Aug 27 2008

Church Size

clay

Recently I re-read an article by Dr. Tim Keller on church size and how the culture and style of a church changes at different stages as the church grows.  Keller is a pastor, author, and theologian that I have a lot of respect for.  After spending time as a pastor and seminary professor, Keller planted a church in New York City, Redeemer Presbyterian, which has grown to over 5000, ministering especially to urban professionals.  I’ve been inspired by some of his sermons and articles.  He doesn’t prefer to be called an “evangelical” because of stereotypes of fundamentalists and because of the term can be a loaded term politically.  He calls himself “orthodox” because of his strong belief in the full authority of the Bible, but he is very sensitive to the issues that are important to the people he is trying to reach such as social justice, poverty, and the environment (also biblical issues, by the way). In all his teaching there is a strong gospel message of grace, combined with an intellectual edge that makes you think.  His book, The Reason for God: Belief in an Age of Skepticism rose to #7 on the New York Times Non-Fiction Best-Seller list in March of this year and inspired me to do the series I did in the spring, Doubt Your Doubts.

 

I knew all this about Keller, but didn’t realize that he was such a student of church growth, structure, and leadership.  I guess I should have known he had some insight in that area since his congregation has helped start over 100 churches in the New York area and around the world! I have recently posted an article on my blog site under “Theology” called: Process-Managing: Church Size -Tim Keller. I read this article some time ago, but didn’t realize who the author was.  Upon reading it again, it really addressed some issues that we have been wrestling with at Grace Place over the last couple years.  It shows that some of our struggles are common to all churches as they go through different times of transition and it categorizes some issues that we need to study and work through as we move forward.  I would like to hear some feedback on it!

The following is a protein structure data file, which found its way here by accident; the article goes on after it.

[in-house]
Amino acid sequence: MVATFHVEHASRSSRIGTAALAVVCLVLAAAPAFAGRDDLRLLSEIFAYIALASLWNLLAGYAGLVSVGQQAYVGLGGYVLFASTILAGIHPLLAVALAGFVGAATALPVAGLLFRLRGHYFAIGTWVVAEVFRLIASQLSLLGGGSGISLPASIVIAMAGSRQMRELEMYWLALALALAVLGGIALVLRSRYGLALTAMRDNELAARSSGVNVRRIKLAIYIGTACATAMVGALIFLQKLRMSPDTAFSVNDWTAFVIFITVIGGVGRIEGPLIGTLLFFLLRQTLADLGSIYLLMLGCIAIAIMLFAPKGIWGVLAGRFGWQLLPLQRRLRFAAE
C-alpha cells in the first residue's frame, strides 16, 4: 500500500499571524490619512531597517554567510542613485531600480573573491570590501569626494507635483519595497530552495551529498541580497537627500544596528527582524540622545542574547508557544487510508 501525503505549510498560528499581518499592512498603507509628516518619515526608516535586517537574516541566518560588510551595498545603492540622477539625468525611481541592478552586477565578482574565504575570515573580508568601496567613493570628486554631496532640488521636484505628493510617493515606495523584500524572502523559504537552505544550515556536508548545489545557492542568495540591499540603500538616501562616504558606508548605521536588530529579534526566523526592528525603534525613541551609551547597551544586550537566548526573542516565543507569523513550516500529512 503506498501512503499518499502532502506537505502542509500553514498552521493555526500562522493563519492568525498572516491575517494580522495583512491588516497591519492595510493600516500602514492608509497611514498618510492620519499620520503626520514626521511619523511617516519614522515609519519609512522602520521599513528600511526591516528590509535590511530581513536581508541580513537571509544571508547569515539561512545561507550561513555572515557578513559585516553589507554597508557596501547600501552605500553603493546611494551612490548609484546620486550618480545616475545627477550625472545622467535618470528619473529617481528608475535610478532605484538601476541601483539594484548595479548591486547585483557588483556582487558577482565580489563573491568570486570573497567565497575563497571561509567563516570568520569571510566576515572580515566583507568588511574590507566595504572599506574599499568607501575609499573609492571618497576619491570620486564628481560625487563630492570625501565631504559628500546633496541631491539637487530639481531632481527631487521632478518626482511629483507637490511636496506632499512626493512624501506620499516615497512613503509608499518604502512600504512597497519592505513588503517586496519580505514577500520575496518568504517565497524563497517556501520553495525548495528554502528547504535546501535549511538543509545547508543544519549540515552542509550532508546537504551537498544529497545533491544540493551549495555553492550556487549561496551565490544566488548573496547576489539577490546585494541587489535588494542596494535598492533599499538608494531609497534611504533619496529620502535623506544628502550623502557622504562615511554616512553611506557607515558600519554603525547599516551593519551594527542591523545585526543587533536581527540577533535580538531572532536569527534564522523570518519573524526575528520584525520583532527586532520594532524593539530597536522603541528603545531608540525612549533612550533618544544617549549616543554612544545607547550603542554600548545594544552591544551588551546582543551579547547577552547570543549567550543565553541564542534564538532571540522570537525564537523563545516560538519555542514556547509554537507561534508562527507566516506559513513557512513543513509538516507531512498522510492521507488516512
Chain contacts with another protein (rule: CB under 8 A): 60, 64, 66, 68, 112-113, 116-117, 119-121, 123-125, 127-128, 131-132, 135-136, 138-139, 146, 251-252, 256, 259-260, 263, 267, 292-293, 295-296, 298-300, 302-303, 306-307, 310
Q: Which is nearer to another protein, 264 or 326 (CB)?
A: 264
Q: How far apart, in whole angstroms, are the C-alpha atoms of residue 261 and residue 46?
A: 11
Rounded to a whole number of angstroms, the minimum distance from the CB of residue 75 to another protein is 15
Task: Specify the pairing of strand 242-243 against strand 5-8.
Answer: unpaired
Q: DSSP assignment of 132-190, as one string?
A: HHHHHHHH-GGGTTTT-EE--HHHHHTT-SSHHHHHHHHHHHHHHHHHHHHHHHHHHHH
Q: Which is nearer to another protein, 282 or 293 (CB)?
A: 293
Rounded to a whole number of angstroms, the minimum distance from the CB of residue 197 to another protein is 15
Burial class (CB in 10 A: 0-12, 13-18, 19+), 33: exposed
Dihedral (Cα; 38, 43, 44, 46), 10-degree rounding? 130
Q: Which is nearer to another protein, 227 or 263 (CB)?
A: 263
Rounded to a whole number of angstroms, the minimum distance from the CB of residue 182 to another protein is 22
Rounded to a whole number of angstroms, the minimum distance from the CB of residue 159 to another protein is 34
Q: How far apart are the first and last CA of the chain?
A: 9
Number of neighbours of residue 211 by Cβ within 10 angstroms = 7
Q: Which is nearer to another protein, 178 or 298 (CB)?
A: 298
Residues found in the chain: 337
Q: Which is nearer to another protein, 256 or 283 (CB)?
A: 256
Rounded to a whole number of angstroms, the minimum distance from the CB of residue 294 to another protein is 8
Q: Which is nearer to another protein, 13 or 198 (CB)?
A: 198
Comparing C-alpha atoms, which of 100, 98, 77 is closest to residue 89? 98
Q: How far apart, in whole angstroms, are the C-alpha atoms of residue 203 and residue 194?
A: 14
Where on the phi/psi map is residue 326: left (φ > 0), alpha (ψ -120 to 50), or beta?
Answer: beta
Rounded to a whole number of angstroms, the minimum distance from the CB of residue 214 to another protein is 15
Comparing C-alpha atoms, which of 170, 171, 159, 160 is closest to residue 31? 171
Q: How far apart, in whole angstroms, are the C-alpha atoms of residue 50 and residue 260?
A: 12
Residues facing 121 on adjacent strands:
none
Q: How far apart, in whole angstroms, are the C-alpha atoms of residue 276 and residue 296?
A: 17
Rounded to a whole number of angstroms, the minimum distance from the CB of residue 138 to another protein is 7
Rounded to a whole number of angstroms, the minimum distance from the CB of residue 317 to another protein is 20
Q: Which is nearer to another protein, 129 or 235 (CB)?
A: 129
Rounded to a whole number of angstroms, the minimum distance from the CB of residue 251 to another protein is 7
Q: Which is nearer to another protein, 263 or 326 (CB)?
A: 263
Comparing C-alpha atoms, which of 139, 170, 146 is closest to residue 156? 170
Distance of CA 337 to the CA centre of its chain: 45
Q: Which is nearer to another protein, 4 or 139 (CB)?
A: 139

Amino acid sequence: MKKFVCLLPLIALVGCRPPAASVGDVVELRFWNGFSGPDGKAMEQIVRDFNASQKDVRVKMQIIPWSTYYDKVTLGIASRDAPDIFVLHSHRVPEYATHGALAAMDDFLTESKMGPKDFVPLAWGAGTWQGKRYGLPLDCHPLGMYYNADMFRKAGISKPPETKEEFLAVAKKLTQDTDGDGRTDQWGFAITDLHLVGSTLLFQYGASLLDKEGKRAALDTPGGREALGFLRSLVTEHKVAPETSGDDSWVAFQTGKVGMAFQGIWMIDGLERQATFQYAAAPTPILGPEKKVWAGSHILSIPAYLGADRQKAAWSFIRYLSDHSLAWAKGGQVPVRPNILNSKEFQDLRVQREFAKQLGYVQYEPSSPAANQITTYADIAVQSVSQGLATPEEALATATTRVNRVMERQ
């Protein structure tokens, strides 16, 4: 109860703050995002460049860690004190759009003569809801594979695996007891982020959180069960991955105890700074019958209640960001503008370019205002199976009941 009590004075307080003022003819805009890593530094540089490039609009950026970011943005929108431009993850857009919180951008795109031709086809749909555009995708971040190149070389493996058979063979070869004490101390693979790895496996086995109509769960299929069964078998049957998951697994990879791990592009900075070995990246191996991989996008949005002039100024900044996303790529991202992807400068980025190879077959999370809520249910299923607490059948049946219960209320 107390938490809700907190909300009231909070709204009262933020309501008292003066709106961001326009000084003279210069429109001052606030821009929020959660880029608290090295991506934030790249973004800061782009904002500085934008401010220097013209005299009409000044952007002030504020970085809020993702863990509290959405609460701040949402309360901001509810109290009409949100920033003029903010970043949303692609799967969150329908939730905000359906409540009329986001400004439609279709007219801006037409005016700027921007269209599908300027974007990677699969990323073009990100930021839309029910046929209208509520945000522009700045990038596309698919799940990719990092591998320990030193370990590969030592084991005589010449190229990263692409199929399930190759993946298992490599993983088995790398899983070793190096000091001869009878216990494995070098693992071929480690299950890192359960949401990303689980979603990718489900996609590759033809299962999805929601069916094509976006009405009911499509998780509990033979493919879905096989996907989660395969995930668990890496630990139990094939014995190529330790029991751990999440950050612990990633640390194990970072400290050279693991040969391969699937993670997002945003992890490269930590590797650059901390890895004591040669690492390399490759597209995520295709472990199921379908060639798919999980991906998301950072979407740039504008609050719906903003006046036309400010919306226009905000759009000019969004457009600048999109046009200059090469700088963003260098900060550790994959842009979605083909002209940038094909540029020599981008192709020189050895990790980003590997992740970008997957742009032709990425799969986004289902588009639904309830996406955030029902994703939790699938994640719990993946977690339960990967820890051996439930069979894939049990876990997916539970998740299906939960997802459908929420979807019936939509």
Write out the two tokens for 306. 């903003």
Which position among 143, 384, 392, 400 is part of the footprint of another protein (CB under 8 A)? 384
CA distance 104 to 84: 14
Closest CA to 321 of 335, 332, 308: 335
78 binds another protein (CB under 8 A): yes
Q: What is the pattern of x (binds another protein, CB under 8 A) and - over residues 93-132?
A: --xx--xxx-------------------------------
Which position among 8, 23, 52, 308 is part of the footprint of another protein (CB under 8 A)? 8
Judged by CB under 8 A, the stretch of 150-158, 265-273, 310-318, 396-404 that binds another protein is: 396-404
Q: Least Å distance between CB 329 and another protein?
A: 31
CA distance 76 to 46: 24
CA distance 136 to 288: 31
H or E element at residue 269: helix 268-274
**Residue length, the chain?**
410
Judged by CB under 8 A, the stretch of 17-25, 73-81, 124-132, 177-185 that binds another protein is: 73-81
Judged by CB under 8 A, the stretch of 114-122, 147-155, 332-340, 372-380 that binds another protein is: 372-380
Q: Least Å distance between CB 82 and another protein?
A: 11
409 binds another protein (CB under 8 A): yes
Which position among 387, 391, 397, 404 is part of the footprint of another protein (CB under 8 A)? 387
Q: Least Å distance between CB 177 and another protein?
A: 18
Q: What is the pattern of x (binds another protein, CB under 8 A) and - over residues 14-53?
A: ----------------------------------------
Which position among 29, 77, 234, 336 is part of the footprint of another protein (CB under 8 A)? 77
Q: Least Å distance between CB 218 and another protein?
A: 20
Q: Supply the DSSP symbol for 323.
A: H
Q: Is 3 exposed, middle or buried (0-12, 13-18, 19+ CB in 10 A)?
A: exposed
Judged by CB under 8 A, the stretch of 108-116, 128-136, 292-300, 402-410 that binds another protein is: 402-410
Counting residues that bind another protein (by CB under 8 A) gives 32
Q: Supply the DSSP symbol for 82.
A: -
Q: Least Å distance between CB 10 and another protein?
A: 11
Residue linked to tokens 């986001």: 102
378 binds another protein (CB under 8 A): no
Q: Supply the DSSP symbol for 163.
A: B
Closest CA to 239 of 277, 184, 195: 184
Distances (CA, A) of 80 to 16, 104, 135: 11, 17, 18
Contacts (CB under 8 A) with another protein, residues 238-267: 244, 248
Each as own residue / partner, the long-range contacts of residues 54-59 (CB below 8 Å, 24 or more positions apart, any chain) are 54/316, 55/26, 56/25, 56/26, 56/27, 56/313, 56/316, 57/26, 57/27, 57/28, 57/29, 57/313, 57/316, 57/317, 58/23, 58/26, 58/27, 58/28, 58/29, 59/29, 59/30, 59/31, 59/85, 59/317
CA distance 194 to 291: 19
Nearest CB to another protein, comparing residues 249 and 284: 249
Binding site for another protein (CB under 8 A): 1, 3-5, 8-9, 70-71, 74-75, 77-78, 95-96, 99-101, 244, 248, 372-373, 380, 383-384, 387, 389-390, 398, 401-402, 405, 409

Aug 16 2008

Making a House a Home

clay

 

Selene and I have had some self-imposed extra stress placed on us this summer.  We rather suddenly and unexpectedly sold our home in July after living there just over three years.  It was a bitter sweet situation.  Bitter, in that we poured a lot of blood, sweat, and tears into that place.  I framed it and basically co-contracted it with a good friend.  It was a beautiful house in a very nice development.  But it also was big house on a big acreage with big payments.  We started praying about that when our son moved out and started college, but it really isn’t a good time to sell a house right now and we did love it.  Then a gentlemen came and made a cash offer when it wasn’t even listed.  He had purchased some adjoining land and wanted to put it together with our land.  Wow, that was our answer.  The sweet part is it was a good move from a stewardship perspective since it enables us to be debt free (except for our house payment); but have half as much debt as before and a 15 year mortgage.